Today’s families are often scattered far and wide. We don’t all live close enough to our relatives to be able to pop in every day, or even every week.
So how can we manage the desire of families to be supportive to older friends and relatives from a distance, so that everyone can avoid constantly worrying about each other?
Most people want to stay living in their own homes for as long as possible, even as they become less mobile or start to struggle with physical or mental health.
There are plenty of practical ideas and tools to help with independent living. Ramps, handrails, walk-in showers, stair lifts and mobility vehicles are just a few of the possibilities. There are some useful guides available for help in the home, and there are specialist retailers who can provide really useful tools, like grabbers and easy-to-use kitchen utensils.
It’s worth contacting the local authority and asking social services to carry out a needs assessment if someone is starting to struggle. If the individual in question has little in the way of capital, the local authority may help with costs, and at the least, they may have a list of recommended suppliers.
It’s important to physical and mental health to eat well and stay hydrated. You might like to look at the meal delivery services available. There may well be lunch clubs and day centres that could be a valuable place to get together with others for a pleasant meal, and quite often transport can be arranged too.
It could also be worth talking about using alerting and monitoring technology to stay safe as well as the option of inviting carers in a couple of times a day or as a live-in help.
It’s hard having strangers in your home and feeling you’re being watched, but it could avoid emergency hospital admissions or even having to leave a loved home altogether. And it will help to give peace of mind to the family at a distance.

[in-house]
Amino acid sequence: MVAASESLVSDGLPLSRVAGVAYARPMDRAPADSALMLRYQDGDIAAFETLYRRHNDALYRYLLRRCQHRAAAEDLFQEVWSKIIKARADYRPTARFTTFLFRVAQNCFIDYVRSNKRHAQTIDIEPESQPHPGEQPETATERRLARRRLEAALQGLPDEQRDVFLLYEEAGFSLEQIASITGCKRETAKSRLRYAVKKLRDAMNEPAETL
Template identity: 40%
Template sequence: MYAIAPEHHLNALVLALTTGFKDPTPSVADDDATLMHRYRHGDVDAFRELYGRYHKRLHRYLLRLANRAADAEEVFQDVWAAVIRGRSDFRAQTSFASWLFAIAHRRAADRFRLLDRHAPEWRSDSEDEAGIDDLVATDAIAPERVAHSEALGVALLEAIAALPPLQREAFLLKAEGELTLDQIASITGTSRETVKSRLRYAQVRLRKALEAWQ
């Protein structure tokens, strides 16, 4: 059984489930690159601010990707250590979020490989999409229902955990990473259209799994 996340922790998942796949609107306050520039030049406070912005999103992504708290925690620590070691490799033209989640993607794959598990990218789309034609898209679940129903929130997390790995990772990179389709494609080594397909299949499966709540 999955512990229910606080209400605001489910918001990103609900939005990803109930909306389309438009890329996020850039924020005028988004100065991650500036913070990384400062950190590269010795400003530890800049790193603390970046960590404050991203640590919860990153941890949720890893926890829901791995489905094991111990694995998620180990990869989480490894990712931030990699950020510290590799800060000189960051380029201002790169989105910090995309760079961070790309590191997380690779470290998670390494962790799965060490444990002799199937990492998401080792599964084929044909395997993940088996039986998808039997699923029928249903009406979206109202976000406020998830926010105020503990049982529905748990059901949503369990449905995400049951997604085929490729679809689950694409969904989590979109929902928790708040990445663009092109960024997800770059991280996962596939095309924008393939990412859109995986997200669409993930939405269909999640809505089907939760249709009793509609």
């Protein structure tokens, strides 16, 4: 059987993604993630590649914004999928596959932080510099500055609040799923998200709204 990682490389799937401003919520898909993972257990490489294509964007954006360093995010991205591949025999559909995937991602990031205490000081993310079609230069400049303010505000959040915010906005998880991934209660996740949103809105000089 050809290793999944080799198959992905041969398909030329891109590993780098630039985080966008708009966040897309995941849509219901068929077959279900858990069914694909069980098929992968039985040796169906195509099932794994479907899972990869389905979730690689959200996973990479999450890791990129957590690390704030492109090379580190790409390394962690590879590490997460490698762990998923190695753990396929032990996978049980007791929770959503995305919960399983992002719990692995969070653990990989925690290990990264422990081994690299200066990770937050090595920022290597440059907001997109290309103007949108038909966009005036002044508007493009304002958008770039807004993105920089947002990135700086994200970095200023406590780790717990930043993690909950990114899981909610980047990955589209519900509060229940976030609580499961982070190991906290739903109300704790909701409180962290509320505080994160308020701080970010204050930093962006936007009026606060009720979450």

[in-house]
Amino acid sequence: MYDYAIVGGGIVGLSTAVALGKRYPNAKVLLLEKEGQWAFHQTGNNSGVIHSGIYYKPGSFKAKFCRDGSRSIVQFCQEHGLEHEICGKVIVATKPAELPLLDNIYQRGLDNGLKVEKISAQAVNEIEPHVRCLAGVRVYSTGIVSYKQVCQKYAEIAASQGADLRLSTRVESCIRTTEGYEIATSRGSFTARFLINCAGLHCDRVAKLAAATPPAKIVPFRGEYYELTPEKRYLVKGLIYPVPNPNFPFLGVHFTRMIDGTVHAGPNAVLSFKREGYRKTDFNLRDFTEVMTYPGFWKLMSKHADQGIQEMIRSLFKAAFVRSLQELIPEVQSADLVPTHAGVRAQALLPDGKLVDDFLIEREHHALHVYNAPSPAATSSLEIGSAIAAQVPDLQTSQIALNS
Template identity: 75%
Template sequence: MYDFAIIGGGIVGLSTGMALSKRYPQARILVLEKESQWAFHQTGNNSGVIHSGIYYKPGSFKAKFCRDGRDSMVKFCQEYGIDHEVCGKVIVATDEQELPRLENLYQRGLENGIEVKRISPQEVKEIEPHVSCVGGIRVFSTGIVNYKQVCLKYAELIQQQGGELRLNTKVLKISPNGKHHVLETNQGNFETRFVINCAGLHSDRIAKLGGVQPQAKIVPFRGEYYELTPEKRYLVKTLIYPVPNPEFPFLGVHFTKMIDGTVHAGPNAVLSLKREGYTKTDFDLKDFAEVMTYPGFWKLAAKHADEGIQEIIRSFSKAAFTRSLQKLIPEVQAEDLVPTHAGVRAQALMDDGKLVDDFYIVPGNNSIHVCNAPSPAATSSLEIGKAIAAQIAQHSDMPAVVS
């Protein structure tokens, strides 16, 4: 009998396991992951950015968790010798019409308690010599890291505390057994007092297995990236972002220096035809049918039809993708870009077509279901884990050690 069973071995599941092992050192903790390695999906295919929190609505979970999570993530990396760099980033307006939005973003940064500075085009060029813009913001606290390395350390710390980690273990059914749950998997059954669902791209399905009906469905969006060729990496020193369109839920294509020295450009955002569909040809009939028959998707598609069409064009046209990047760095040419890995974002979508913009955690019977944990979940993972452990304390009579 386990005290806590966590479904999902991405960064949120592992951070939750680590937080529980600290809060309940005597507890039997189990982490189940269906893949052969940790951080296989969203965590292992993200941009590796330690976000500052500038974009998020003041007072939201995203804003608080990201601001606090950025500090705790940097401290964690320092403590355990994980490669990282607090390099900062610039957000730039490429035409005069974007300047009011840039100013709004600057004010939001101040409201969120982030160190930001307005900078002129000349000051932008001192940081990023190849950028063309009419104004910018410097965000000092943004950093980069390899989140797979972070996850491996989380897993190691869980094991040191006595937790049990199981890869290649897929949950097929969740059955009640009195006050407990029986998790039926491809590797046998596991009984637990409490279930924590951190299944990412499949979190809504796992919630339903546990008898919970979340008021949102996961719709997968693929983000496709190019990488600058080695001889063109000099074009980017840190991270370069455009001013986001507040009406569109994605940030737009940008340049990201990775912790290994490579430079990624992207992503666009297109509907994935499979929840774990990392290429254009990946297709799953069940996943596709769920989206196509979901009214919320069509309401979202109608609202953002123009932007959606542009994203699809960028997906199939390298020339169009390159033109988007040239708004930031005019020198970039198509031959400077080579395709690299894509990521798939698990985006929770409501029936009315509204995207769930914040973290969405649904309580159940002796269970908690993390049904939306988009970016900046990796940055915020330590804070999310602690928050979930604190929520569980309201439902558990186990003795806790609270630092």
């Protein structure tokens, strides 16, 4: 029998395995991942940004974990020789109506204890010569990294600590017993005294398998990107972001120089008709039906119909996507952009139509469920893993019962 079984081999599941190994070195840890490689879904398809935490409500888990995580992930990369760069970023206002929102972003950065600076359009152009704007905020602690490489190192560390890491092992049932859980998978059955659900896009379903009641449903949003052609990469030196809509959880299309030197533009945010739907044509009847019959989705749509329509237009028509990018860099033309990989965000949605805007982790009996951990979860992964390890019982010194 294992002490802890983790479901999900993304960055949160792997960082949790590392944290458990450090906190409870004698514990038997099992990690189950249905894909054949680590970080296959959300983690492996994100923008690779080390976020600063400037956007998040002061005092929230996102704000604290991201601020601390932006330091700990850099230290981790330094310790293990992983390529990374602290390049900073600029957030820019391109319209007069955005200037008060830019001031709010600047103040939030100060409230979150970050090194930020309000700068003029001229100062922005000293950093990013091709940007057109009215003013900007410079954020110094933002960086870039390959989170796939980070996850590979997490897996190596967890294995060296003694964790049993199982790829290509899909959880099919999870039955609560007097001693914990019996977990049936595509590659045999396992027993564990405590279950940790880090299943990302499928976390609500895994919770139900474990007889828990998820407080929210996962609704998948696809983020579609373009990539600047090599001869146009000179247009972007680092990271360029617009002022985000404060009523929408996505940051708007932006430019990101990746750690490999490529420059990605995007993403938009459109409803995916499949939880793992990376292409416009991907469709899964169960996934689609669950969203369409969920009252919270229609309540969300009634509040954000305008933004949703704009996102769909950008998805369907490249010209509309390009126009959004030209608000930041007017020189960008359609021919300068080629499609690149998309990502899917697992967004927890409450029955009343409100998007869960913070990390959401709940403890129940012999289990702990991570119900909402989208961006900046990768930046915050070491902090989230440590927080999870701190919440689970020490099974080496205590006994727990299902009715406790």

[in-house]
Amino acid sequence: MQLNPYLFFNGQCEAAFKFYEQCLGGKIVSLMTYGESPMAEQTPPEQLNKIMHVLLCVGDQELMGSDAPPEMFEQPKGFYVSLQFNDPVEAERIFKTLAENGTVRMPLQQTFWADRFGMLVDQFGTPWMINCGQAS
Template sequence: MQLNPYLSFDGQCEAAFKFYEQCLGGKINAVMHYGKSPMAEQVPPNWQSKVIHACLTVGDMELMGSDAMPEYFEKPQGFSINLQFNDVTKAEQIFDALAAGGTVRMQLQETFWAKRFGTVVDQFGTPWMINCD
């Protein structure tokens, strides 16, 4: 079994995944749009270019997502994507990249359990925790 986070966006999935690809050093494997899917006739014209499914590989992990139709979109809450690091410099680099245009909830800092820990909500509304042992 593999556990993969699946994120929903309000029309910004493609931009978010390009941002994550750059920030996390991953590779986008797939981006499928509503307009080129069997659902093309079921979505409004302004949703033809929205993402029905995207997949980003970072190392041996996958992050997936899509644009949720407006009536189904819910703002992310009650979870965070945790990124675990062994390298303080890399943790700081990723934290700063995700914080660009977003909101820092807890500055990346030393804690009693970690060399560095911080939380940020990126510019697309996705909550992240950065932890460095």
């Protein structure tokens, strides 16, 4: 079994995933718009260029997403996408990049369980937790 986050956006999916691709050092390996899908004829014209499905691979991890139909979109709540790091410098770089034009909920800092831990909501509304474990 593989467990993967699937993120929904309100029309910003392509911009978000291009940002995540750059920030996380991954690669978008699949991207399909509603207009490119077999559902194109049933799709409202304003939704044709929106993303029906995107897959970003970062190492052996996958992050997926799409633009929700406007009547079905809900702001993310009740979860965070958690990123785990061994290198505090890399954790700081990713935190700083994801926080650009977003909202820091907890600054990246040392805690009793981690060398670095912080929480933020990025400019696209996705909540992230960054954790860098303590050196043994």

While some enjoy their own company, very few would choose to be left alone completely. With loneliness recently compared to being as bad for health as 15 cigarettes a day, it’s a challenge that as families we want to avoid.
The simplest answer is to pick up the phone, regularly.
For the more technologically enabled, Skype and WhatsApp are brilliant ways of communicating, with the added bonus of being able to see faces.
That will help everyone to be assured of each other’s welfare.
If all parties are amenable, you could look at living together. It’s a major challenge though, with everyone involved having to adapt to a new way of living. It certainly works for some families, but it’s a huge responsibility for those who may now become carers.
It’s by no means a done deal, but there may come a day when it’s better to move into a care or nursing home, where care is professional and there when you need it.
Now the question is where to look for a home? Somewhere in the older person’s current area might be the obvious choice, as friends and neighbours could visit, and anyone that can still get out and about will know where they want to know.
On the other hand, moving closer to family offers the opportunity for closer relationships at an important time in life.
Distance can bring feelings of great responsibility and guilt when an older person starts to need more support.
Do you stay apart and respect each other’s space? Do you move closer together? Every family has its own answer, and there’s plenty to talk about honestly along the way.
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